What Atlanta has now is a “third-world approach” toward sewage disposal, said Jacqueline Echols, president of the South River Watershed Alliance. The South River starts in East Point and flows through Atlanta, south DeKalb County, and points southeast before emptying into Jackson Lake.

She refers to Atlanta’s approach as such because in some of the oldest parts of the city — English Avenue and Vine City — the same set of pipes is supposed to handle both rainwater and toilet flushes. When it rains too hard, the system can’t handle everything, and some of what goes down area toilets runs into area streams without being fully treated. Running a system that allows such sewage spread shows zero respect for people on the river, Echols says.

The SRWA and some other groups are calling for environmental regulators to clamp down on pollution from sewage overflows. The state Environmental Protection Division is now in the middle of its periodic review of the pair of permits that say what Atlanta can flush westward toward the Chattahoochee and eastward toward Jackson Lake.

Read more of this Creative Loafing article here.

To learn more about this work or to connect with the South River Watershed Alliance, call us.

Tell Menards: Eliminate Toxic Phthalates in Flooring

child_and_inhalerA new study found that vinyl flooring sold by Menards and other retailers tested contained phthalates, toxic chemicals that have been restricted in children’s products. Menards is the third largest home improvement chain in the country.

A growing body of credible scientific evidence has linked exposure to phthalates to serious health concerns: birth defects in baby boys, learning and behavioral problems and asthma in children. What’s worse — phthalates don’t stay in flooring – they get into the air and dust we breathe in our homes, and then make their way into our bodies.

Home Depot, the world’s largest home improvement retailer, is requiring all of their suppliers to ban added phthalates in all virgin vinyl flooring by the end of this year. Lowe’s is as well. If both Home Depot and Lowe’s can ban phthalates in flooring, so can Menards!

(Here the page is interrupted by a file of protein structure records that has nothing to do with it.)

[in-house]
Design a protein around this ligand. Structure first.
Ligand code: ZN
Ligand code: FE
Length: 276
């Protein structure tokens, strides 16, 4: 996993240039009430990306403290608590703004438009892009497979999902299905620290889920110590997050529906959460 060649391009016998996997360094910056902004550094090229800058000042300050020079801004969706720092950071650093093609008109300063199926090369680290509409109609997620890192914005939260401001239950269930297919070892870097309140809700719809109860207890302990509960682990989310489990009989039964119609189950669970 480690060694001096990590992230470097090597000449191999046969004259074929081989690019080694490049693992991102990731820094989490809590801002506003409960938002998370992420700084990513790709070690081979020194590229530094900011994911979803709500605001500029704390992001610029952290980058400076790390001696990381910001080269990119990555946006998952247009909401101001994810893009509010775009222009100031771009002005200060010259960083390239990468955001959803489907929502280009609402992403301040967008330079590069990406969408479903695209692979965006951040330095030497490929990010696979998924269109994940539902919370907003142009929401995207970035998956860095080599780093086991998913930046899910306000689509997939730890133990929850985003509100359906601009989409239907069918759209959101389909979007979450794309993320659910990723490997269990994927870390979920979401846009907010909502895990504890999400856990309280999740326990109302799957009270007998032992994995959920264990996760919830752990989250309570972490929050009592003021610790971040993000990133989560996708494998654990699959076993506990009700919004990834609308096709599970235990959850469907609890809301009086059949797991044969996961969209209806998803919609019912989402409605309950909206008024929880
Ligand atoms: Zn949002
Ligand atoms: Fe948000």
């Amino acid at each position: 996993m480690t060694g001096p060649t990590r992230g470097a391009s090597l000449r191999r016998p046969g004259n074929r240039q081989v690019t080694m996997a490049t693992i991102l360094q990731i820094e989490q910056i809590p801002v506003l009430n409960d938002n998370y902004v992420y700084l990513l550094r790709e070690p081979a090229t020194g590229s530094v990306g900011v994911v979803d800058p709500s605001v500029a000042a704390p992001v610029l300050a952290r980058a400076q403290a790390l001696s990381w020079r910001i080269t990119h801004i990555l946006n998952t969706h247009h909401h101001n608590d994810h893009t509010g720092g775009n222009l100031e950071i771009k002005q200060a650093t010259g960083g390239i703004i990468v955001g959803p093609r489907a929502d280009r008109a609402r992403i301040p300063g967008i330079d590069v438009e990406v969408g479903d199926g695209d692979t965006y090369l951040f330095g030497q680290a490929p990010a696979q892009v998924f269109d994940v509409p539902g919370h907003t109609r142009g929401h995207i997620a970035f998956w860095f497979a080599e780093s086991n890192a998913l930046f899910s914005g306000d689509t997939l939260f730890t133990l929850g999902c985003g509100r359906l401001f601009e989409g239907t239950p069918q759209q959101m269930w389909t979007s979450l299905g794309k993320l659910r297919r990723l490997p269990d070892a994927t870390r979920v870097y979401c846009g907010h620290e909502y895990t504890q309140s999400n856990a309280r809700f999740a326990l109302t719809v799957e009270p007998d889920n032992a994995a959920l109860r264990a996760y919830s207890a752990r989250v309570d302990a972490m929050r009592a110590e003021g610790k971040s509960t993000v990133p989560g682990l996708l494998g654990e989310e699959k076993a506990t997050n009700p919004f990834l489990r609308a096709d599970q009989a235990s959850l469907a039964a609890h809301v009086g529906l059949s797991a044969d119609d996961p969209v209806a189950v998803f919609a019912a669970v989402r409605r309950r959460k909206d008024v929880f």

ECO-Action supports the call of Safer Chemicals, Healthy Families to TAKE ACTION! Ask Menards CEO John Menard Jr. to #MindTheStore and phase out phthalates in flooring by signing here.

You can find out more about more about phthalates and flooring at the Safer Chemicals, Healthy Families website.

Next Steps toward Better Health for Proctor Creek Neighborhoods

We know that there are environmental health challenges in the Vine City and English Avenue neighborhoods near Proctor Creek. So what can we do about them together?

Jan Healthy Homes meetingResidents of these neighborhoods and other partners are working together to address environmental triggers that lead to illness. Thirty-five community members, students and organizational representatives attended a community meeting on January 22nd, a follow up to a joint ECO-Action and Emory University Collaborative Health Survey that identified mold and associated environmental health issues in homes and apartments near Proctor Creek. Having shared the results of the study at an earlier meeting, this meeting sought to identify next steps in six areas of challenge:

How do we remediate the houses while the people still stay in them? We need to understand the technologies that will allow us to do this.
Makeda Johnson, Community Resident
•   lifestyle change and best practices in community education,
•   home repairs and pest control,
•   services and support for people with asthma,
•   support and process for smart relocation,
•   reducing flooding,
•   public policy for healthy homes.

For each of these challenges, community members reflected together to identify:

healthy homes youth

  1. What were the existing resources that were already available?
  2. What potential resource might be made available?
  3. What are the gaps or threats that might hinder our ability to access those resources?
  4. What are the next steps we should taking in moving forward?

Through this process, community participants identified a number of next steps toward “Healthy Homes” in each of the six areas of challenge. The greatest number were generated around the topic of reducing flooding where the identified next steps included:

healthy homes group3
• Obtaining public commitment by the City of Atlanta to support integrated stormwater management planning;
•   Enhancing public education;
•   Improving the knowledge of residents so that they are better able to report problems and take action for flood prevention;
•   Providing training about best practices to address mold problems;
•   Providing disaster preparedness training and awareness;
•   Developing community businesses to collect scrap tires and turn them into permeable pavement.

You can watch the highlights of the session in the video below.  A table that summarizes all of the next steps can be downloaded here.

The group plans to meet in April to prioritize these next steps. Please contact Dr. Yomi if you’d like additional information about the Collaborative Health Survey findings or to be notified about future Healthy Homes strategy sessions.

Thanks to Kelly Brown for the photographs and video.